After a careful reading of Mark 16, we can see that picking up serpents was not a command but was one of the signs that God used to confirm the gospel message preached by the early Christians. “Jesus’ words in Mark 16:17–18 gave His apostles the assurance that, as they faithfully served God in the spread of the gospel, He could protect them from anything that crossed their paths” (Gotquestions).
c. What is the problem?
In the early 1900’s, a preacher named George Hensley popularized the use of venomous snakes in church services. “If believers truly had the Holy Spirit within them, Hensley argued, they should be able to handle rattlesnakes and any number of other venomous serpents. They should also be able to drink poison and suffer no harm whatsoever. Snake handling as a test or demonstration of faith became popular wherever Hensley traveled and preached in the small towns of Tennessee, Kentucky, the Carolinas, Virginia, Ohio, and Indiana” (Wikipedia). Hensley eventually died from a snake bite in 1955.
Sadly, there are still some churches that practice snake handling today. I have been told that many of the followers are missing fingers and some have died from snake bites. Why then do they continue this strange practice? The first problem is that they have taken a statement and interpreted it as a command. “The verse does not say, ‘Go out and handle snakes’; it says, ‘They will pick up snakes with their hands.’ It is a declaration that something will occur, not a command that someone make it occur” (Gotquestions). The second problem is that they are presuming on the Lord. Even Jesus refused to jump off the pinnacle of the temple to test God’s willingness to protect Him (Luke 4:9-12). “God can and will protect us, according to His will, as we are serving Him. But we are not to put the Lord to the test” (Gotquestions).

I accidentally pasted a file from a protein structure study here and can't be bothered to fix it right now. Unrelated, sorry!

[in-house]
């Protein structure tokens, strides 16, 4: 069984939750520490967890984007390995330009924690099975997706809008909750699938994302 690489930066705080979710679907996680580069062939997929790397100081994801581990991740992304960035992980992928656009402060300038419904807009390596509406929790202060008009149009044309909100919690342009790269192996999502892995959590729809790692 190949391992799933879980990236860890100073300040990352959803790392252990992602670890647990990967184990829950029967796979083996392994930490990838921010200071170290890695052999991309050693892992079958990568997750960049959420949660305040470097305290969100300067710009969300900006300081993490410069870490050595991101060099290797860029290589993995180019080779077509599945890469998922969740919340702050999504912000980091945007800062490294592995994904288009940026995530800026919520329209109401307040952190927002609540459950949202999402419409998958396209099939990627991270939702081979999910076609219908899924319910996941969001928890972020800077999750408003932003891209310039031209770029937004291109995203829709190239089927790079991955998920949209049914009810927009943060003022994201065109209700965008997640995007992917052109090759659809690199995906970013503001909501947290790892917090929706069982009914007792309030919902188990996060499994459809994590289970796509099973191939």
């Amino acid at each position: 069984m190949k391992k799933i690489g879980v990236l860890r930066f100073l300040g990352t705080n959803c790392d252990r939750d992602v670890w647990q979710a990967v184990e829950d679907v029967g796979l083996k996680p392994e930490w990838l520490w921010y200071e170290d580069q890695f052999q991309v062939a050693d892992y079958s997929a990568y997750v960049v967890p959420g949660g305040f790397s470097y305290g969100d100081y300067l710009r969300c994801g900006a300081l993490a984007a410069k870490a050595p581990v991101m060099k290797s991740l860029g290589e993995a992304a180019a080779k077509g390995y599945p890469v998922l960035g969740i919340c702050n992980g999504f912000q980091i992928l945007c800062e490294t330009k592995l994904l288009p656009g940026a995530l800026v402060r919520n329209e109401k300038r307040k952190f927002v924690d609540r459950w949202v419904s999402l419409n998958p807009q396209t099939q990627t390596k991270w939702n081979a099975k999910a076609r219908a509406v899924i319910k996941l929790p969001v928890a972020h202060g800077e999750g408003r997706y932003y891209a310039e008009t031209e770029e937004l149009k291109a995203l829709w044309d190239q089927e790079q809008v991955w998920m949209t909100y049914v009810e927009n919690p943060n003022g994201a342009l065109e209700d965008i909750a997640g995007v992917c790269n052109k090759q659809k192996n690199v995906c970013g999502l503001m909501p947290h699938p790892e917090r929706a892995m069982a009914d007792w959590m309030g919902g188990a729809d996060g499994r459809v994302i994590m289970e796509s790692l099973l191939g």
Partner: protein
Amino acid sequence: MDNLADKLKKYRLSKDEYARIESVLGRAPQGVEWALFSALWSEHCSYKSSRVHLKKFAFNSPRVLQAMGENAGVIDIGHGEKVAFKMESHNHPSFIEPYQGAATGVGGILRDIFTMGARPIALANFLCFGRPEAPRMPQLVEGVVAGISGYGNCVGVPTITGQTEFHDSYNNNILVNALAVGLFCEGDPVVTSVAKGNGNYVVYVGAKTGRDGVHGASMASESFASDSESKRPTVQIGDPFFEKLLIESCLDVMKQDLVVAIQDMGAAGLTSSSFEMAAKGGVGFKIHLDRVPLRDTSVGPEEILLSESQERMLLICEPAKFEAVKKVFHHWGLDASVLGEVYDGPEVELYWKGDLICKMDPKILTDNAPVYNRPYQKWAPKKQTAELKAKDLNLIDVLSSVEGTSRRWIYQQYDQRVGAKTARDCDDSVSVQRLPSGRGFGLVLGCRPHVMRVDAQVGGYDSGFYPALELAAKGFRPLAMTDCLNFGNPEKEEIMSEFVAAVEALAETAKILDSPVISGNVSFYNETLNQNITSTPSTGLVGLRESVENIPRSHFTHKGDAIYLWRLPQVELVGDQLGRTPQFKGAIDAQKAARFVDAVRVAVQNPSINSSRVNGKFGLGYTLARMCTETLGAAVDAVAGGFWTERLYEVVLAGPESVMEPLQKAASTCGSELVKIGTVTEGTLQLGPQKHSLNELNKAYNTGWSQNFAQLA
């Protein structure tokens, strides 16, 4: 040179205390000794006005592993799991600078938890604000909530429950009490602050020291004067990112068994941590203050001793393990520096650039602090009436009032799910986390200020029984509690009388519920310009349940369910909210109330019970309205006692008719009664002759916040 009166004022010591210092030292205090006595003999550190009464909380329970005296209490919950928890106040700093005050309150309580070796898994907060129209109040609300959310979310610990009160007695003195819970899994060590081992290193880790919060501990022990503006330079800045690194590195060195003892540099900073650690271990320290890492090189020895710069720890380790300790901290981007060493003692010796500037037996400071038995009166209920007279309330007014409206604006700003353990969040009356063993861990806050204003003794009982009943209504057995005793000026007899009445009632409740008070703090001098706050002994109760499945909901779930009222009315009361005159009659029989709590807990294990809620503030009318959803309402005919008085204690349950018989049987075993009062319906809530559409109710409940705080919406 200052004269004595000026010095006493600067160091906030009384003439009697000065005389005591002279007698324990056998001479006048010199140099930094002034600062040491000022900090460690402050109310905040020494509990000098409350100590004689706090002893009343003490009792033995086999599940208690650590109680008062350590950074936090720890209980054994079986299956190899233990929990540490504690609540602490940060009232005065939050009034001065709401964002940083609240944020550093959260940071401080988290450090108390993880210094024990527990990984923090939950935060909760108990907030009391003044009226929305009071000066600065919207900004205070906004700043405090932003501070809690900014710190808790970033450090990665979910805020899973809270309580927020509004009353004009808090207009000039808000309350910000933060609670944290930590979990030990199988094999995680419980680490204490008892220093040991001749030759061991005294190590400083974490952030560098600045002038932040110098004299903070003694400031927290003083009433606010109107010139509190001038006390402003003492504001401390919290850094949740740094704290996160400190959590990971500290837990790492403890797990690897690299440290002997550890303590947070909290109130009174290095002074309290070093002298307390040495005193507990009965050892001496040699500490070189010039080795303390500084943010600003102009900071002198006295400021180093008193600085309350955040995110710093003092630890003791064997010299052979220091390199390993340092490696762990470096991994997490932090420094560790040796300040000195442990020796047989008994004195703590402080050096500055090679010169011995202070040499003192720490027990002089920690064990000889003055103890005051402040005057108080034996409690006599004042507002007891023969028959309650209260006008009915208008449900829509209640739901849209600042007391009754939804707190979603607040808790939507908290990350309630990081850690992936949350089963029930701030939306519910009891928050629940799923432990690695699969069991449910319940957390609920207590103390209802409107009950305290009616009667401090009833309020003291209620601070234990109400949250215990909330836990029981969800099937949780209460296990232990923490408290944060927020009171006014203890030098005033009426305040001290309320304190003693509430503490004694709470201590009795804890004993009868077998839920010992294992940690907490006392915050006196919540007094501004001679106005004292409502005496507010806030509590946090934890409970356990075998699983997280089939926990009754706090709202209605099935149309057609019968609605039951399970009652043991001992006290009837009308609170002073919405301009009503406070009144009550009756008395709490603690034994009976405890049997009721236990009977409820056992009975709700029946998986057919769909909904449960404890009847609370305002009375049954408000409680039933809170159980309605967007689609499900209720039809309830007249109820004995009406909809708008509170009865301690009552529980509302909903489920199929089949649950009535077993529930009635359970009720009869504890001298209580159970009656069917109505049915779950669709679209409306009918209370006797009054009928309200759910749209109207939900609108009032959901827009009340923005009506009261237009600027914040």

Instead of handling snakes as a sign of faith or Spirit-filling, Christians should stick to the main command of Mark 16—preaching the gospel to the world. When we do that, we can be sure that the Lord will be with us, enabling us to proclaim His truth with the protection only He can provide.